High-resolution genetic sequencing of immune cells has provided new insights into the process of mutation that can lead to lymphoma, UK researchers have reported.
In the study, published in Nature, researchers from the Wellcome Sanger Institute and the University of York created a new protocol that allowed them to grow and sequence colonies of B- and T-cells from a single cell.
They found that the mutations seen in healthy B-cells were largely similar to those seen in cancerous B-cells, which suggests the development of the cancer arises from the same mutational processes.
Understanding more about the factors that mean these mutations cause cancer in some cells but not others could help them to establish the origins of the disease, the researchers say.
Mutations in lymphocytes may also influence ageing and other diseases of the immune system. Finding out more about when and how these occur over a person’s lifespan adds to our knowledge about what happens during the ageing process.
The team sequenced genomes from more than 700 normal B and T cells across seven donors aged from 0 to 81 years.
The researchers found that, while normal genetic mutation is mostly targeted to the genes for antibodies, a surprising amount of collateral damage occurs elsewhere in the genome. They say these off-target mutations can lead to lymphocytes becoming cancerous and developing into lymphoma.
They also found that, as lymphocytes spread through the body to survey for infections, they are exposed to additional DNA damaging agents, which can further increase the number of mutations. For example, some variation was caused by DNA damage from sunlight as lymphocytes passed through the skin surveying for infections.
First author Dr Heather Machado, from the Wellcome Sanger Institute, said: “The adaptive immune system changes a lot as we age, but previously it has not been possible to study this in the same level of detail as we have achieved here.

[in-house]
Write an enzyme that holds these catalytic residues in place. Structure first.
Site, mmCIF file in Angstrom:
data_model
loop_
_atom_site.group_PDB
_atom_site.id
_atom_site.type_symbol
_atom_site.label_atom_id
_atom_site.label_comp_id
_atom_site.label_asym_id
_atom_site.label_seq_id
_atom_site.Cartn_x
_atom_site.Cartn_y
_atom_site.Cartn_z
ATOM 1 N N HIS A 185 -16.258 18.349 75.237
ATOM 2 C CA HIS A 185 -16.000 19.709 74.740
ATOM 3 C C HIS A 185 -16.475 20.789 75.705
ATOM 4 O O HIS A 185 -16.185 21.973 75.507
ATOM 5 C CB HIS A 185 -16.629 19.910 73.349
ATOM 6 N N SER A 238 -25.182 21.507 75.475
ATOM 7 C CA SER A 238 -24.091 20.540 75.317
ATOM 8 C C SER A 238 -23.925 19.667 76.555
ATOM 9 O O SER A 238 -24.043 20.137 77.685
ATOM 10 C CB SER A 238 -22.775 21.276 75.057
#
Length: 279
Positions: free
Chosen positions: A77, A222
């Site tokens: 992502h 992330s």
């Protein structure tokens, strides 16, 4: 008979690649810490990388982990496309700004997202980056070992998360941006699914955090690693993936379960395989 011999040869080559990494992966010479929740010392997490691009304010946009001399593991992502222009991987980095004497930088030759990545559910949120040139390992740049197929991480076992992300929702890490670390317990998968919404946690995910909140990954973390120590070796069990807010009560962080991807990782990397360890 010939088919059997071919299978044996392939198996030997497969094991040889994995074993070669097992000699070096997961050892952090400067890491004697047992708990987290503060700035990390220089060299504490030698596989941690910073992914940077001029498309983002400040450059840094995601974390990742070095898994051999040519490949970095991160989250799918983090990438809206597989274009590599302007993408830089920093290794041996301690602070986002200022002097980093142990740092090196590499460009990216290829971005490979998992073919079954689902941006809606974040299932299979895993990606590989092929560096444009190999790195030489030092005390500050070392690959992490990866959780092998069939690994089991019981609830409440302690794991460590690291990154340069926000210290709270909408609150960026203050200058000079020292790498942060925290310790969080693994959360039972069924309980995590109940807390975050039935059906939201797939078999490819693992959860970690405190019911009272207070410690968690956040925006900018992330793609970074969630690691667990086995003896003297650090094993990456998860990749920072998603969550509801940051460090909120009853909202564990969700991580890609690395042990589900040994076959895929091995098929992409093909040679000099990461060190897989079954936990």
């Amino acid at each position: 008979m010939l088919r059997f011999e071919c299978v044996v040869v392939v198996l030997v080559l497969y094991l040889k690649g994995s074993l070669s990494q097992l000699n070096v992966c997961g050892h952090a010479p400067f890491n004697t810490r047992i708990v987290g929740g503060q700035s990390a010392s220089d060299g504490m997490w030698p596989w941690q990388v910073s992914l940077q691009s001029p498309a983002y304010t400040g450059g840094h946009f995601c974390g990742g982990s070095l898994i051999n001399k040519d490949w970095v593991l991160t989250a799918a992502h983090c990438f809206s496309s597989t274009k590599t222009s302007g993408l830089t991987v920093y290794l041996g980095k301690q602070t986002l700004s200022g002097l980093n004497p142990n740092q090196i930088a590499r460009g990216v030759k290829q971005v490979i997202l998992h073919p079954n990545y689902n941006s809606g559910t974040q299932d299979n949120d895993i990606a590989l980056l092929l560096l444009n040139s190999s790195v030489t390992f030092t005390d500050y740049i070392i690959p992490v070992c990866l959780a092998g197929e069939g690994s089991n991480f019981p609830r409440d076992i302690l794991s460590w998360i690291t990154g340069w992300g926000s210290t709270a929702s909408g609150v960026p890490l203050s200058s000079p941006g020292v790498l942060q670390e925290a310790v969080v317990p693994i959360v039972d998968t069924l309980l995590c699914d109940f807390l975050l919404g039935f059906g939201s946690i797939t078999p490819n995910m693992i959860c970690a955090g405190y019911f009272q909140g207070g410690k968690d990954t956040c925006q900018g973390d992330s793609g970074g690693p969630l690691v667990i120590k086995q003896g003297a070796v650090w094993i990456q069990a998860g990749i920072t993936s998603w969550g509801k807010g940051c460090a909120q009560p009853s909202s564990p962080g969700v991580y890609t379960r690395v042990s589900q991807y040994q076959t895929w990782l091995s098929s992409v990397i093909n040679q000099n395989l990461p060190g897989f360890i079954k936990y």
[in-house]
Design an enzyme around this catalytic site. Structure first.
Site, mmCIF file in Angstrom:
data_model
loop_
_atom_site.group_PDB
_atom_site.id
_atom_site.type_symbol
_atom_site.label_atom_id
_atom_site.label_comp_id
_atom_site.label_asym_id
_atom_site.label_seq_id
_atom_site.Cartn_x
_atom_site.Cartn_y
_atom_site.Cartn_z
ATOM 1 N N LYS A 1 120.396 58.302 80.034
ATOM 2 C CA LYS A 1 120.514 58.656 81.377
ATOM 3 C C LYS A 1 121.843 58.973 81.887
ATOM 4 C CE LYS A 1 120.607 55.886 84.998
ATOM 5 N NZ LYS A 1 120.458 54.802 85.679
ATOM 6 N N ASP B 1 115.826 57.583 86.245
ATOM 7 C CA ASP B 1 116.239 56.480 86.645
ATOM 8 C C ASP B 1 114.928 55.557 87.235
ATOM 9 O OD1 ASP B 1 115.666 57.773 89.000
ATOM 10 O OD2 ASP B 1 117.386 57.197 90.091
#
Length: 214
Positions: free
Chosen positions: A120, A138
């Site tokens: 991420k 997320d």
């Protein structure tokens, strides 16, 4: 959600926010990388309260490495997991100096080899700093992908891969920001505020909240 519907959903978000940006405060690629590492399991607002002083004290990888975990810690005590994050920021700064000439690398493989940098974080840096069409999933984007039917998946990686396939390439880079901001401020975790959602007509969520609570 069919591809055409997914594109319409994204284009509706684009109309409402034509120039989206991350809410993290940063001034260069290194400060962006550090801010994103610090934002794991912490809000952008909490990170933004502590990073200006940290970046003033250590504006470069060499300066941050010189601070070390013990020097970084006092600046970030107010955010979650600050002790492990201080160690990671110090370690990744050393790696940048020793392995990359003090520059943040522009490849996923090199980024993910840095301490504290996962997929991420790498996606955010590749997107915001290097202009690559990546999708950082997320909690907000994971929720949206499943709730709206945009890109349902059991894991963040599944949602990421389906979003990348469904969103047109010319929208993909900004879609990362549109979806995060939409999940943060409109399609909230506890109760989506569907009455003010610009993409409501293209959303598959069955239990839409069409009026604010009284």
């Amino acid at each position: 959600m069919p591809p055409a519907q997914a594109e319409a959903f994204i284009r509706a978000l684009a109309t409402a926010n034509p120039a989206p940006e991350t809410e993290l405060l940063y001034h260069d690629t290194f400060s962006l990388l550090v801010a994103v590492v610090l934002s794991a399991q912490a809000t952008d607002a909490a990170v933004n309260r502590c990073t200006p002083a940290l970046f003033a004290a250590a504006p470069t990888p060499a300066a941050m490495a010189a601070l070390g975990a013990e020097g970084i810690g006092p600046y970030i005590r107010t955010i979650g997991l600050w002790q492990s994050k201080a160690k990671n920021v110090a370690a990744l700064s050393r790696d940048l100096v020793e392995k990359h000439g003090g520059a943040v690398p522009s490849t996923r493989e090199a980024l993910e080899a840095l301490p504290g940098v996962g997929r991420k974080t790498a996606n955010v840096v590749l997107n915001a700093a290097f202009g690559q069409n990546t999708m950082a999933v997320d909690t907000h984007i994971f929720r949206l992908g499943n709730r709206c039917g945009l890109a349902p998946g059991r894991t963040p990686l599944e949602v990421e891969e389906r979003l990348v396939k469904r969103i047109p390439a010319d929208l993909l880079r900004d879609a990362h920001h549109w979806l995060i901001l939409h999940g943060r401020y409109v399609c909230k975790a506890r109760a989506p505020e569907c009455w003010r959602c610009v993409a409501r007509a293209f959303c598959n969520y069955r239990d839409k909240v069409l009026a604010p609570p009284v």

“Our research is another step towards understanding how mutations in lymphocytes accumulate over time and the impact that these have on the ageing process. The protocol we have developed in order to expand cells can also be applied to other areas of research, and we hope that it will be as valuable to other scientists as it is to us.”
Co-senior author Dr David Kent, from the York Biomedical Research Institute at the University of York, said: “Our research suggests that even though lymphocytes play the same role throughout the body, the mutations that they acquire are linked to their specific tissue environments.
“These environments could play a larger role in the development of certain lymphomas than inherited mutations. Understanding these processes in greater detail may be able to help shed light on why some of these cells go on to develop into cancer, while others don’t.”
Dr Peter Campbell, co-senior author from the Wellcome Sanger Institute, added: “Our research begins to fill in the missing gaps in knowledge around how mutations in the adaptive immune system feed into ageing.
“By sequencing around 700 lymphocyte genomes, we have started to build a better picture of the mutational processes that happen over time, and how these relate to the development of lymphoma. While more research is needed, this research gives a strong foundation for further studies into this area.”
Machado HE, Mitchell E, Øbro NF, Kübler K, Davies M, Leongamornlert D, Cull A, Maura F, Sanders MA, Cagan ATJ, McDonald C, Belmonte M, Shepherd MS, Vieira Braga FA, Osborne RJ, Mahbubani K, Martincorena I, Laurenti E, Green AR, Getz G, Polak P, Saeb-Parsy K, Hodson DJ, Kent DG, Campbell PJ. (2022) “Diverse mutational landscapes in human lymphocytes.” Nature, doi: 10.1038/s41586-022-05072-7
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